One opposition Belarusian blogger who asked to stay anonymous told OC Media in March that TBC, another major Georgian bank, was refusing to open accounts for Russian citizens including the blogger. The bank representatives said they did not want to “help Russian citizens evade sanctions.”

TBC has not replied to OC Media’s repeated appeal to comment on the issue.

Nikolay Levshits, a Tbilisi-based Russian activist who co-organized an anti-war rally in Tbilisi, said he had received reports of Russians and Belarusians being refused service by taxi drivers and cafes, or even refused flats due to their nationality.

Some Russians were refused entry into Georgia altogether. David Frenkel, a prominent reporter for Russian digital outlet Mediazona was denied entry on March 10, four days after Russian authorities entirely blocked Mediazona for refusing to censor news on the invasion of Ukraine. After spending 14 hours at the airport, waiting for a decision from the border police who were on the phone with their superiors, Frenkel was not convinced when Georgian Minister of the Interior, Vakhtang Gomelauri, claimed the refusals, for potentially sensitive arrivals like himself, were not decided by the authorities.

Another prominent journalist, Mikhail Fishman, an anchor on the independent Russian TV channel Dozhd, cited a similar experience on March 5. Fishman told OC Media he had received no reason or clarification on why he was denied entry into Georgia.

“I understand that I was not permitted into the country because of who I am and what I do. This is totally clear to me,” he said.

Fishman added that he did not plan to attempt to enter Georgia again.

Dozhd stopped broadcasting soon after Putin signed a law imposing prison sentences of up to 15 years against those spreading “fake” information about Russia’s armed forces.

These sentiments are a far cry from the statements made by Levan Davitashvili, the Minister of Economy in March, who at the time touted Georgia as an “island of freedom” for those fleeing repressive regimes.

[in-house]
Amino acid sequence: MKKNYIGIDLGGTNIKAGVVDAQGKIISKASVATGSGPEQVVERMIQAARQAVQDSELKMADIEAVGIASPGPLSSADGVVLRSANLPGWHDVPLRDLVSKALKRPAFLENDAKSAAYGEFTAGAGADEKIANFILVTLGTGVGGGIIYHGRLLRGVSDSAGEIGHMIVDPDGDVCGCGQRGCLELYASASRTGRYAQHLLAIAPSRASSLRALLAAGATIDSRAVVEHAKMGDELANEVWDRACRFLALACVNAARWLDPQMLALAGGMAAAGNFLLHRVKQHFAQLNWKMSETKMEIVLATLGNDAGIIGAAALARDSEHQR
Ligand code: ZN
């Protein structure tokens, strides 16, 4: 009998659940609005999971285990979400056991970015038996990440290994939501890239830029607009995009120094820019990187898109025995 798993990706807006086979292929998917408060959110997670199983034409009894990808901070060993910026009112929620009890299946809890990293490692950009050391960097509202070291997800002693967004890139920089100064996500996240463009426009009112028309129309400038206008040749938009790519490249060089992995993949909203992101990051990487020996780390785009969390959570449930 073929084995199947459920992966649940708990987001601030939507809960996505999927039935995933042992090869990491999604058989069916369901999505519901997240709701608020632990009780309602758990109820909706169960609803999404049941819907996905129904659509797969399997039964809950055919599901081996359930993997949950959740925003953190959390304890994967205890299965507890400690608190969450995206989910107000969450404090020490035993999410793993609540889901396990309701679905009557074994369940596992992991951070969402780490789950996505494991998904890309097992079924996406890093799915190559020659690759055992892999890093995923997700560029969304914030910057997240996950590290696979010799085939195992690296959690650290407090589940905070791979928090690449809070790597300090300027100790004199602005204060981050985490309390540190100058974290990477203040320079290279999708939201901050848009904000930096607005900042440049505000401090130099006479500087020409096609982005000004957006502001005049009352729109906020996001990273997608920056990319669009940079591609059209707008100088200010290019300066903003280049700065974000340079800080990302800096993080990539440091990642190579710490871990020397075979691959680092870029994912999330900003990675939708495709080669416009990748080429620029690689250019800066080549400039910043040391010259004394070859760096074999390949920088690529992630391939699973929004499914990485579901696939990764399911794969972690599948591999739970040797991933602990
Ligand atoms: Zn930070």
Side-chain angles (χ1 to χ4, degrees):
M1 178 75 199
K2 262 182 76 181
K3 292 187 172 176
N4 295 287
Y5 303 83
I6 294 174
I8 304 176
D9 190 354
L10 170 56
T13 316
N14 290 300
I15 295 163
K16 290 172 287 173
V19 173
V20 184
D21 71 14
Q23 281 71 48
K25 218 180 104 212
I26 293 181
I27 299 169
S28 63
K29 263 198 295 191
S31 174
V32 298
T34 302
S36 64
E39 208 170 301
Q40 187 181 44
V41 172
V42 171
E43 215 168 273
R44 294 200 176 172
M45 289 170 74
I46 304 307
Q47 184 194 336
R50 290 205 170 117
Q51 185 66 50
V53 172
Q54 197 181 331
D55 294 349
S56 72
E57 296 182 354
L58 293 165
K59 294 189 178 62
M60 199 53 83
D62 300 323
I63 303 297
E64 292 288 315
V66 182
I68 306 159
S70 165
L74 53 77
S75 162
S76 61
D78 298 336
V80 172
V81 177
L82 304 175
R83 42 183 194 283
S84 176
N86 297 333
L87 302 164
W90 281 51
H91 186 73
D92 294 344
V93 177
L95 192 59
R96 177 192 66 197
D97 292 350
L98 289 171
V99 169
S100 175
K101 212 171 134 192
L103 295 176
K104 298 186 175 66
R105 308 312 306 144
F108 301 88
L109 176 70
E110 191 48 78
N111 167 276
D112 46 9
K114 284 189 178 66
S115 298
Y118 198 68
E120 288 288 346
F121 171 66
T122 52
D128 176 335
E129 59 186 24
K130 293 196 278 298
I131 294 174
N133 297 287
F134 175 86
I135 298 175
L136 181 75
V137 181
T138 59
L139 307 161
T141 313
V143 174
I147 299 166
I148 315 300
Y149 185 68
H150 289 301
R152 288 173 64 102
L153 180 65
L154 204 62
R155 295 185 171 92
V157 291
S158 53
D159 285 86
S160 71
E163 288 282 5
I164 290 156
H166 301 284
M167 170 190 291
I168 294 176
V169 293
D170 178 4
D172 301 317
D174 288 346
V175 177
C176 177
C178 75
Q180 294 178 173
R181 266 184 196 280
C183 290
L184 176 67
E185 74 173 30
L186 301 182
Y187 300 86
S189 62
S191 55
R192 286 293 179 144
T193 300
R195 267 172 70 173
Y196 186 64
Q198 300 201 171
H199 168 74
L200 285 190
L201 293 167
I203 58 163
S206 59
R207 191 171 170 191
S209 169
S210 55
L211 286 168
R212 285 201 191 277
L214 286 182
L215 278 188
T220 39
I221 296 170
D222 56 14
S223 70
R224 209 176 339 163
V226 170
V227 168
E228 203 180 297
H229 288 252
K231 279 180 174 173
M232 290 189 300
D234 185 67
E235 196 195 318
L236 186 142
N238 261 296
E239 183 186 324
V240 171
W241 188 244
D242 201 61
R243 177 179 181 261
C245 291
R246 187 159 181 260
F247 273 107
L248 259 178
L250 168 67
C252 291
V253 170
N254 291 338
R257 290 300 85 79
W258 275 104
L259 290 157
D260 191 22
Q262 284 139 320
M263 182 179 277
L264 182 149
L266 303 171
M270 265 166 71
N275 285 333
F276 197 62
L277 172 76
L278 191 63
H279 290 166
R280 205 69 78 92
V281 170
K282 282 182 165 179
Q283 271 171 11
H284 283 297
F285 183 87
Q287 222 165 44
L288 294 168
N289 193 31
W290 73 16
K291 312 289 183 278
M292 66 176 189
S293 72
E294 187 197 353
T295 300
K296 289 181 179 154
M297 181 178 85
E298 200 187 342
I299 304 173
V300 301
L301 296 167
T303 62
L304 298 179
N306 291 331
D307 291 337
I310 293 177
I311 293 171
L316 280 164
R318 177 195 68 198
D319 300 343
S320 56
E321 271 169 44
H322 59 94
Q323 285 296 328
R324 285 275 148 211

But Georgia has a track record of not letting in Russian government critics, citing vague reasons as with Fishman and Frankel.

The authorities have extradited the majority of individuals that Russia had requested. According to the Tbilisi-based watchdog, the Social Justice Centre, between 2013 and 2019, Georgia extradited 14 out of 23 Russian nationals upon Russia’s request, including those claiming that they could face persecution, torture, and inhumane treatment in their home country.

And yet, for many of those Russians who have made it to Georgia, the country nonetheless represents a haven.

“Right after you pass through the tunnel [on the Georgian–Russian border], you begin to understand that you have left some kind of dystopia and entered a civilized country,” said Aleksandr Belinskiy in an interview with OC Media.

The 35-year-old masseur and car consultant arrived in Georgia in mid-March. “You relax; you understand that you won’t be jailed for some post on Instagram,” Belinskiy told OC Media. “At least I can speak here.”

Belinskiy expressed a strong objection to Russia’s war against Ukraine, and that leaving was a “matter of security” given Russia's political climate following the war.

And although he and his friends heard about Russophobia in Georgia and were prepared “to be scorned,” and for “aggressive reactions for speaking Russian,” everyone he had met thus far have been “very friendly.”

Dmitry, a 28-year-old Russian IT specialist, also told OC Media, that Georgians he had met “were wonderful” and eager to help him and others.